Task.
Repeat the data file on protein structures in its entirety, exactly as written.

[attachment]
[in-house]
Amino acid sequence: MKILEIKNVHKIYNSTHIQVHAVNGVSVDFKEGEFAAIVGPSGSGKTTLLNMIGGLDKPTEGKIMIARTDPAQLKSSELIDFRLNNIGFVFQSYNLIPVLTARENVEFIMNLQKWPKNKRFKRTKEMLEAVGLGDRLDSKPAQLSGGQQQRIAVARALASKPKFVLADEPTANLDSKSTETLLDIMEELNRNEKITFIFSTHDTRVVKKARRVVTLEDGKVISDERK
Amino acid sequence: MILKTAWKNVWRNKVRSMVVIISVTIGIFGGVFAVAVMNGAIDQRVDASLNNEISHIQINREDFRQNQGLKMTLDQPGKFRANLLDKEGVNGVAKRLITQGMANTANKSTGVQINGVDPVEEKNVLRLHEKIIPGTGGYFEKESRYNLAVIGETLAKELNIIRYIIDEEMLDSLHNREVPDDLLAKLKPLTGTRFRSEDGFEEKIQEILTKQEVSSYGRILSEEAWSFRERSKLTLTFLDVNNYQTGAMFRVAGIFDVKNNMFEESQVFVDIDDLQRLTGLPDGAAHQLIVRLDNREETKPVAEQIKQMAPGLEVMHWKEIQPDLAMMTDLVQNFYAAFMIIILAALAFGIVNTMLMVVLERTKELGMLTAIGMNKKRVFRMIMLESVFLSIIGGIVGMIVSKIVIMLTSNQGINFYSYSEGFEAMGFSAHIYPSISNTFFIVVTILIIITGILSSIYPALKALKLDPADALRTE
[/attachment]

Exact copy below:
[in-house]
Amino acid sequence: MKILEIKNVHKIYNSTHIQVHAVNGVSVDFKEGEFAAIVGPSGSGKTTLLNMIGGLDKPTEGKIMIARTDPAQLKSSELIDFRLNNIGFVFQSYNLIPVLTARENVEFIMNLQKWPKNKRFKRTKEMLEAVGLGDRLDSKPAQLSGGQQQRIAVARALASKPKFVLADEPTANLDSKSTETLLDIMEELNRNEKITFIFSTHDTRVVKKARRVVTLEDGKVISDERK
Amino acid sequence: MILKTAWKNVWRNKVRSMVVIISVTIGIFGGVFAVAVMNGAIDQRVDASLNNEISHIQINREDFRQNQGLKMTLDQPGKFRANLLDKEGVNGVAKRLITQGMANTANKSTGVQINGVDPVEEKNVLRLHEKIIPGTGGYFEKESRYNLAVIGETLAKELNIIRYIIDEEMLDSLHNREVPDDLLAKLKPLTGTRFRSEDGFEEKIQEILTKQEVSSYGRILSEEAWSFRERSKLTLTFLDVNNYQTGAMFRVAGIFDVKNNMFEESQVFVDIDDLQRLTGLPDGAAHQLIVRLDNREETKPVAEQIKQMAPGLEVMHWKEIQPDLAMMTDLVQNFYAAFMIIILAALAFGIVNTMLMVVLERTKELGMLTAIGMNKKRVFRMIMLESVFLSIIGGIVGMIVSKIVIMLTSNQGINFYSYSEGFEAMGFSAHIYPSISNTFFIVVTILIIITGILSSIYPALKALKLDPADALRTE